Things have come to such a pass that it seems the EC waits for PM Modi to finish all his inaugurations and announcements before it declares election dates and the model code kicks in.
Turning blind eye to Covid
This year’s set of assembly elections have raised questions on not just the objectivity of the ECI, but also on its moral compass.
When India is drowning in the worst ever crisis since Independence, the body solely responsible for the conduct of polls, is playing mute spectator, if not an active enabler, in politicians’ blind quest for power, by allowing maskless and over-crowded rallies.
Various high courts have come down heavily on the ECI. While the Calcutta High Court registered its unhappiness with the poll panel, the Madras High Court went many steps further, calling for its officials to be booked for murder. Let’s look at some of the ‘steps’ the ECI started taking after the backlash.
The commission decided to extend the ‘silent period’ before polling in West Bengal from 48 to 72 hours, and limited the timing of campaigning to 7pm from the earlier 10pm. Perfunctory measures, at best, because the ECI knows just as well as we do that neither does the Covid-19 virus attack only at night, nor does it wait for the last lap of campaigning ahead of voting.
The commission first shot off a letter to state and national political parties asking them to follow social distancing norms and Covid-19 guidelines while holding rallies — the operative part being ‘while holding rallies’ — with a mild warning of banning rallies.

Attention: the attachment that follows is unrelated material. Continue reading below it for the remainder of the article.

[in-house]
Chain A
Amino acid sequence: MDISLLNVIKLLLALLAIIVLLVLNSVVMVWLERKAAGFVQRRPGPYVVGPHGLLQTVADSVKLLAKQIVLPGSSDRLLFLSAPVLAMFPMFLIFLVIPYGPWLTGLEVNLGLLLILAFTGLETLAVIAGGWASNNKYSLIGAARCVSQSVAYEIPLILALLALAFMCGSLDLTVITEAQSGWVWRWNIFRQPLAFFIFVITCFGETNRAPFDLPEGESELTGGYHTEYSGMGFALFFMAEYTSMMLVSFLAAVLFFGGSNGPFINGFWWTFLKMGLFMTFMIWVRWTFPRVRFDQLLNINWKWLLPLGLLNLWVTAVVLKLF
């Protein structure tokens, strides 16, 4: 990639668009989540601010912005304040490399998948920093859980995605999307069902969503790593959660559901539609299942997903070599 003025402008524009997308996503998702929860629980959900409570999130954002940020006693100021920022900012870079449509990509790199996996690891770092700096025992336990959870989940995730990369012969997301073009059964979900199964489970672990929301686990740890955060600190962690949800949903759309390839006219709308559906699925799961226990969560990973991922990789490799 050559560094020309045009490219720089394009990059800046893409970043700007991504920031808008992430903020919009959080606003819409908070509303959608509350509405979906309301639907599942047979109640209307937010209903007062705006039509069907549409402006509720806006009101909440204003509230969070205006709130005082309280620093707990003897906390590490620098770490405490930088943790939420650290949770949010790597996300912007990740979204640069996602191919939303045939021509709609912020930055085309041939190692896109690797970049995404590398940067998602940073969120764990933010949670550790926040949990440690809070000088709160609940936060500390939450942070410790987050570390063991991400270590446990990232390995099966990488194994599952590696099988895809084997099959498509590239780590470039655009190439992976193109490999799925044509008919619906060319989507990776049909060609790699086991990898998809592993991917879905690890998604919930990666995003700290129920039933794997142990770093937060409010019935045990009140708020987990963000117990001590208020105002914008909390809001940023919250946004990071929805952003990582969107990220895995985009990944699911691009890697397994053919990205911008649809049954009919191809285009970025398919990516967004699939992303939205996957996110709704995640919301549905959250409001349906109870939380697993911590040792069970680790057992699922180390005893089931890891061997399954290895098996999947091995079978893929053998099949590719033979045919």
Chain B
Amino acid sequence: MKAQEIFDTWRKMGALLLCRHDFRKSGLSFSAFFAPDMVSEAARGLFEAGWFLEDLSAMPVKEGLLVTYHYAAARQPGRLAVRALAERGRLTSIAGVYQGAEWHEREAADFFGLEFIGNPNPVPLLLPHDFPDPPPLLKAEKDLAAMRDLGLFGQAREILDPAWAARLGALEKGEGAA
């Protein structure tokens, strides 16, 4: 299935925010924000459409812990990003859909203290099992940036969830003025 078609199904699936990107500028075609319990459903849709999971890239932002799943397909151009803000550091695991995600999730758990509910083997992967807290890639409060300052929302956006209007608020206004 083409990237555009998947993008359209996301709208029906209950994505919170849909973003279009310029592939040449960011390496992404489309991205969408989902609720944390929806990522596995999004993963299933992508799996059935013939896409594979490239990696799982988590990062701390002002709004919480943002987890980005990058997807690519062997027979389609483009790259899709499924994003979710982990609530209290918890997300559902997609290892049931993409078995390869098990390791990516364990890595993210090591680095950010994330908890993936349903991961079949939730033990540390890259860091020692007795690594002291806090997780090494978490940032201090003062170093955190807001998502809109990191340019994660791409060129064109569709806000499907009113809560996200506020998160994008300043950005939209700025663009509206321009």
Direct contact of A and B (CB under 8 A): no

No errant child, of course, cares about a gentle rap on the knuckles. That is just the sign of an indulgent parent forced to admonish a child owing to social niceties.
When things seemed to get worse, the ECI decided to really ‘do’ something. So, it waited till as late as 22 April to ban rallies and roadshows of over 500 people. One, how are 500 people gathered in a crowded space justified at a time when even two can be a crowd? And two, was it mere serendipity that the ECI’s order came just an hour after PM Modi had cancelled his rallies scheduled in West Bengal the next day? With campaigning for the penultimate phase of polling anyway ending soon, the commission has caused minimum damage to the plans of the enthusiastic campaigners.
These, of course, were measures merely for West Bengal, which finds itself in the middle of an inexplicably long-drawn election. The huge rallies and public meetings in Kerala, Tamil Nadu and Assam are now a thing of the past. And let me give just a tiny example of how devastating the ECI’s decisions have been. My colleague Mohana Basu crunched some data to find that in West Bengal, Covid cases rose 1500 per cent in just one month since 20 March.
A couple of weeks ago, I argued why the Covid-19 surge must weigh heavily on Modi and Shah’s conscience. Truth be told, it ought to rattle the conscience of the poll body as much, making it question everything it is supposed to stand for.
These have been hotly contested elections. And 2 May will tell us who among the BJP, TMC, Congress, and others has won. But we don’t need to wait till Sunday to know who has lost — it is the Election Commission of India, which has acted as the Enabler of Coronavirus in India.